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Tai Tonga’s Two-Horse Race

TE TAI TONGA is the largest of the six Maori seats, being the southern half of the old Southern Maori seat.

It extends from just north of Pukerua Bay across to Stokes Valley, and down to take in the whole South Island. There are almost 120,000 Maori in the area but only 27,000 on the Maori roll.

While the region is tribally dominated by Te Ati Awa and Ngati Toa, most Maori in the area are Taurahere (those whose ancestral homes are elsewhere). The largest two tribes are Ngati Porou, with 9000 members in the Wellington region, and Ngati Kahungunu.

About 40% of the voters are under 35, mostly “working class” with about half the roll being on benefits of some sort.

A City Voice analysis of the 1996 Te Tai Tonga polling booths within our circulation area shows the former Labour MP, Whetu Tirikatene-Sullivan, won 229 votes (33.4%), a whisker ahead of 226 (33.8%) for the overall victor, NZ First’s Tutekawa Wyllie.

Across the electorate Wyllie won with 38% against Labour’s 36.6%. Alliance got 9.5%, National 5.5%, Mana Maori 6.1% and Legalise Cannabis 4%. This year the election looks to be a two-horse race between Wyllie (NZ First) and the new Labour candidate Mahara Okeroa.

A Marae/Digi Poll of 247 voters a month ago gave Wyllie 44%, Okeroa 22%, Vern Winitana (Alliance) 12% and Atawhai Tibble (Mauri Pacific) 11%, with 14% undecided. Over 50% believed Wyllie had done a good job. Labour won the poll for the party vote with nearly 50% compared to 22% for NZ First.

Wyllie won last time largely on a platform of resolving treaty claims and establishing a Maori economic base.

He is asking voters to judge him on his loyalty and commitment to the electorate saying, “I don’t believe I’ve done anything to warrant being dumped.”

He cites his achievements as the $170 million Ngai Tahu settlement, the Maori Reserve Lands legislation, free medical care for under six-year-olds, $20 million for Maori health providers and $1 million for kapahaka. At the 1996 election, he says Maori turned to NZ First because, as Matiu Rata once said, “Labour has done nothing for Maori.” Wyllie says he is convinced that his father would be still here today if it wasn’t for the Labour health reforms. “That’s why my whanau and I, like many others, left Labour. We will not forget.”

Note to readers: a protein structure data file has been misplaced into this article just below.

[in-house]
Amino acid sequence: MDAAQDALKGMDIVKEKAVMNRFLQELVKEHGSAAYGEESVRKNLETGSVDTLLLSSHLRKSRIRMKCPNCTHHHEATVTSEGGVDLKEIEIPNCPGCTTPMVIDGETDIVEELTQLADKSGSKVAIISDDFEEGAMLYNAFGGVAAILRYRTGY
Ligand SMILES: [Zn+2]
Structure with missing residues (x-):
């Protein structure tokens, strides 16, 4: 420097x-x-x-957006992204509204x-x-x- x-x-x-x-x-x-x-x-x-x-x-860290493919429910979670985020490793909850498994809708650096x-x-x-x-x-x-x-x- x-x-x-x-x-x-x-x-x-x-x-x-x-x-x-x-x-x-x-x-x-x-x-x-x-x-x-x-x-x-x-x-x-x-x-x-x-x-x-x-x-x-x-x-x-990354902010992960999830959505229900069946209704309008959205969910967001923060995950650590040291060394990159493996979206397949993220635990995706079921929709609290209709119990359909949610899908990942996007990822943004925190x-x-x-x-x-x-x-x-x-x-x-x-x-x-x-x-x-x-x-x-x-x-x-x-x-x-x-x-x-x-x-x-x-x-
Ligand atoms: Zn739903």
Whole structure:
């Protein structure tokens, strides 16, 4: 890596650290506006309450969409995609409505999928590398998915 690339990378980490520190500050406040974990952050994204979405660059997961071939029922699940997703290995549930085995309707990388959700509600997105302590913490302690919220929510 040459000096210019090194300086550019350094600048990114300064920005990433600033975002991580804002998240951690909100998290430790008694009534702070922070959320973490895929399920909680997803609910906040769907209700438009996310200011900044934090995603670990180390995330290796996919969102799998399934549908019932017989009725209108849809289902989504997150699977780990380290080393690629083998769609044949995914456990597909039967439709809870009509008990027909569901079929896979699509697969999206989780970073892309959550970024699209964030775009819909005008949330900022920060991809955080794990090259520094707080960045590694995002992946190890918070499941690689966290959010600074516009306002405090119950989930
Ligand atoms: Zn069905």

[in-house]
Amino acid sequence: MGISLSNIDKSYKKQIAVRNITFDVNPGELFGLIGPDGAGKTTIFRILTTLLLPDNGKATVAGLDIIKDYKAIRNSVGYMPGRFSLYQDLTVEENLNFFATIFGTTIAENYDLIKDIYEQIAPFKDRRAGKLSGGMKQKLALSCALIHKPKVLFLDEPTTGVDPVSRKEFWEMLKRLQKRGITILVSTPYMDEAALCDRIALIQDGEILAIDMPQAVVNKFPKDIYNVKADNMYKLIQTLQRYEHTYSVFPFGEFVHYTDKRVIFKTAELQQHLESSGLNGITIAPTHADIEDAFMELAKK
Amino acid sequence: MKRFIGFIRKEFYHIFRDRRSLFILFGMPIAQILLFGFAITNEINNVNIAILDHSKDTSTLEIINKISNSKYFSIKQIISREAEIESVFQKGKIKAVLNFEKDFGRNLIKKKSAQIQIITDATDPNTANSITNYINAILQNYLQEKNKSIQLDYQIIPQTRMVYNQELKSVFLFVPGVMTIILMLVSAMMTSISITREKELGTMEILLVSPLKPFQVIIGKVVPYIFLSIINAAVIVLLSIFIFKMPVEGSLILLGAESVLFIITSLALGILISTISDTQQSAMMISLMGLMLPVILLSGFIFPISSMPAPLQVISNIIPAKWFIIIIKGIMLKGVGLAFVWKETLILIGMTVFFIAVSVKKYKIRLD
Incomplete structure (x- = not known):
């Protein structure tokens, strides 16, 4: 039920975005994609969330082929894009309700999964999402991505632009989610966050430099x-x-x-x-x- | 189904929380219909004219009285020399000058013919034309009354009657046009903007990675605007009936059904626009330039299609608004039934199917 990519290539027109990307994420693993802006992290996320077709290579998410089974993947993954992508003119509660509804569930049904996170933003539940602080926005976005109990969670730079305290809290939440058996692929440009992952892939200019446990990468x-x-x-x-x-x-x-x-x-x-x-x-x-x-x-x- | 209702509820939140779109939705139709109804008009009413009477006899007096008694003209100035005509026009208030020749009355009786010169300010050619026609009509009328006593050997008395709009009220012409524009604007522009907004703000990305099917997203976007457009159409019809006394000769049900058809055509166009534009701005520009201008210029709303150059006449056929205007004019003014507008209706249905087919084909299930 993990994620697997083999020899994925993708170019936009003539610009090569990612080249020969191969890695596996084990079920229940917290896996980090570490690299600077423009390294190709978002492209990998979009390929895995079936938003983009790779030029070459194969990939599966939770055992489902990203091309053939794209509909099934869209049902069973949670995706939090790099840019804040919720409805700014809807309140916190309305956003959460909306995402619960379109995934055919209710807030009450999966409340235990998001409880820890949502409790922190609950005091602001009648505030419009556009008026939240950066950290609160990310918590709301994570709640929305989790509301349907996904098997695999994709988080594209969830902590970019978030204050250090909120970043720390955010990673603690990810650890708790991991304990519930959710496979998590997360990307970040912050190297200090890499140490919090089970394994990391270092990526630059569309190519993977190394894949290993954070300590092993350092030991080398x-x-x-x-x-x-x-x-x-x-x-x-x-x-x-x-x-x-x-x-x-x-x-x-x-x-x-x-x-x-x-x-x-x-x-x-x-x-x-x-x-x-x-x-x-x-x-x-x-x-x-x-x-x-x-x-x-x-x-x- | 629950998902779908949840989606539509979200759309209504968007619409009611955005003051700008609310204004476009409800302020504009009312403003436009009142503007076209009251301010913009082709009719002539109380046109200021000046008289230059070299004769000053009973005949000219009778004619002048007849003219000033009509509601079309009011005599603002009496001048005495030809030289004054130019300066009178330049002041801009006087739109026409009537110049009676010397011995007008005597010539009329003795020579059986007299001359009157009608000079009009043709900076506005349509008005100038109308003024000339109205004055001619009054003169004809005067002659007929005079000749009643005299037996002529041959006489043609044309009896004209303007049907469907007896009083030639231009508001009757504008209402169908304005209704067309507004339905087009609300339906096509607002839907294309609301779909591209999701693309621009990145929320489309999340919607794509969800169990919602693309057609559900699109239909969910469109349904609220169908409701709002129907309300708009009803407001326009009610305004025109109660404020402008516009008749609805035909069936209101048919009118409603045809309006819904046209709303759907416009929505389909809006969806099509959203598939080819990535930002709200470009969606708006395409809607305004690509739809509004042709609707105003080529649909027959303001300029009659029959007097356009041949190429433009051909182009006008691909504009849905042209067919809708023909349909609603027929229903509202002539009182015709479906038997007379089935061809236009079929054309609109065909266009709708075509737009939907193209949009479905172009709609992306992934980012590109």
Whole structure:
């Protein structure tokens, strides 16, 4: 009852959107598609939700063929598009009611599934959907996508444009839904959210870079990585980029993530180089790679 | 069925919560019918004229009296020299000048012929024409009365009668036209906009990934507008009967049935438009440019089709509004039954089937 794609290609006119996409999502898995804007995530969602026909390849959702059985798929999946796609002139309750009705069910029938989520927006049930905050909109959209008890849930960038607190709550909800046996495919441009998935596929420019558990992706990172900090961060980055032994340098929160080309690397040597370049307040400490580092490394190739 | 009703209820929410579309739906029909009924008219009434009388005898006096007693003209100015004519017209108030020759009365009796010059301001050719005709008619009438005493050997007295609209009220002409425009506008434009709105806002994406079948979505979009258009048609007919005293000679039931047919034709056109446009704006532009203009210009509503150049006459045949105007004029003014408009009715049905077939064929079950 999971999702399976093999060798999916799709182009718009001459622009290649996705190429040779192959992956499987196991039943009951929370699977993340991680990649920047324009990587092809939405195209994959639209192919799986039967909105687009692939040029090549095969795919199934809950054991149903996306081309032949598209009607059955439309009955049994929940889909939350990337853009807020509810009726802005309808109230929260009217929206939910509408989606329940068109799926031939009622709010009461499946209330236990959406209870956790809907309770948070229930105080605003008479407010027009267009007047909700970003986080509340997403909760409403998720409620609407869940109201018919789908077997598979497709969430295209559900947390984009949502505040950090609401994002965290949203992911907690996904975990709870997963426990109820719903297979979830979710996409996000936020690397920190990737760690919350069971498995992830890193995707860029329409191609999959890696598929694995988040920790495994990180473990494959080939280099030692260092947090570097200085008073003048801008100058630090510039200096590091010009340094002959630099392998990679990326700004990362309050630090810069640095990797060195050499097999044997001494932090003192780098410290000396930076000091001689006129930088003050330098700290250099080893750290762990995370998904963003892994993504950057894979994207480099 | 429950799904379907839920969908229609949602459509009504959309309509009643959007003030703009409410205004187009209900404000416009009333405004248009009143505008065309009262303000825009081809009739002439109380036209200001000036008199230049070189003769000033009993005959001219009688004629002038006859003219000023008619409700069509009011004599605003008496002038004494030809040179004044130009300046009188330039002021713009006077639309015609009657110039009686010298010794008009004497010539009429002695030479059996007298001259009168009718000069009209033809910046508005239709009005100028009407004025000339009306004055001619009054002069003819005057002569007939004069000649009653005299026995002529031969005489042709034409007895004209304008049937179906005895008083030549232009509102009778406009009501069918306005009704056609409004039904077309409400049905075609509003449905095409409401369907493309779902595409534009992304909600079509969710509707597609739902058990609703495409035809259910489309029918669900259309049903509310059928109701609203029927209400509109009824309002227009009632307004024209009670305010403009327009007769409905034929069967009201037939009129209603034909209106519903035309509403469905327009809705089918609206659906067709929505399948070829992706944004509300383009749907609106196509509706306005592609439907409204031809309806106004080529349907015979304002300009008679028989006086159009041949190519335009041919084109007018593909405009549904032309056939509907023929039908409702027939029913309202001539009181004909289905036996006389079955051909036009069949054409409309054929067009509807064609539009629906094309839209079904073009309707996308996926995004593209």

He says NZ First would emphasise strengthening community employment initiatives, small businesses and home ownership. Marae development grants would only go to marae that are willing to become auahi kore or smokefree. National’s fiscal cap would be abolished and Maori wardens would be better funded.

He says he is willing to work with Labour in any future government but opposes Labour’s proposal to support urban Maori groups such as the Waipareira Trust.

Mahara Okeroa, formerly Te Puni Kokiri’s Taranaki regional director, has been tagged a “carpetbagger” largely because of his decision to keep his Waitara home during the campaign. To his credit he has been putting in the miles.

He is a passionate advocate of Maori language education, and wants to see more kura kaupapa Maori at secondary as well as primary level. He sees social issues like health, education, housing and justice as critical. Other big issues for him include the claim to the seabed in Marlborough and the South Island Landless Native Act forests. Vern Winitana (Alliance) is a long time runanga worker and community activist. He believes Alliance policies “would lead to real gains for Maori” and more jobs, citing low interest finance for new businesses as an example. He says Tino Rangatiratanga is happening right now, just not fast enough. Atawhai Tibble (Mauri Pacific) is the education advisor to Maori Affairs Minister Tau Henare. The only candidate with his own website, he is also an entertainer, author and Maori language activist.

He says he stands for Tino Rangatiratanga, which means “getting Maori as far away from government dependency, and control as possible. I’m committed to reviving our identity as an independent and self sufficient people”.

He says the Mauri Pacific way is a no–nonsense party, with strong leadership to make sure that the government of the day does good by the people. To him this means a government that is pro-business, free education, a fair health system and promotes NZ culture, arts and music.

Other known candidates include Miiria Mako (Freedom Movement), Erana Rigby (Piri Wiri Tua), Win Murray (Future NZ), Cliff Bedwell (National), Tania Mataki (Mana Wahine) and Bessie Karu (Mana Maori).

•Te Tai Tonga Candidates Hui, Beehive Theatrette, Thu 11 Nov, 7.30pm, 385 6711 x 811 or 471 9761.


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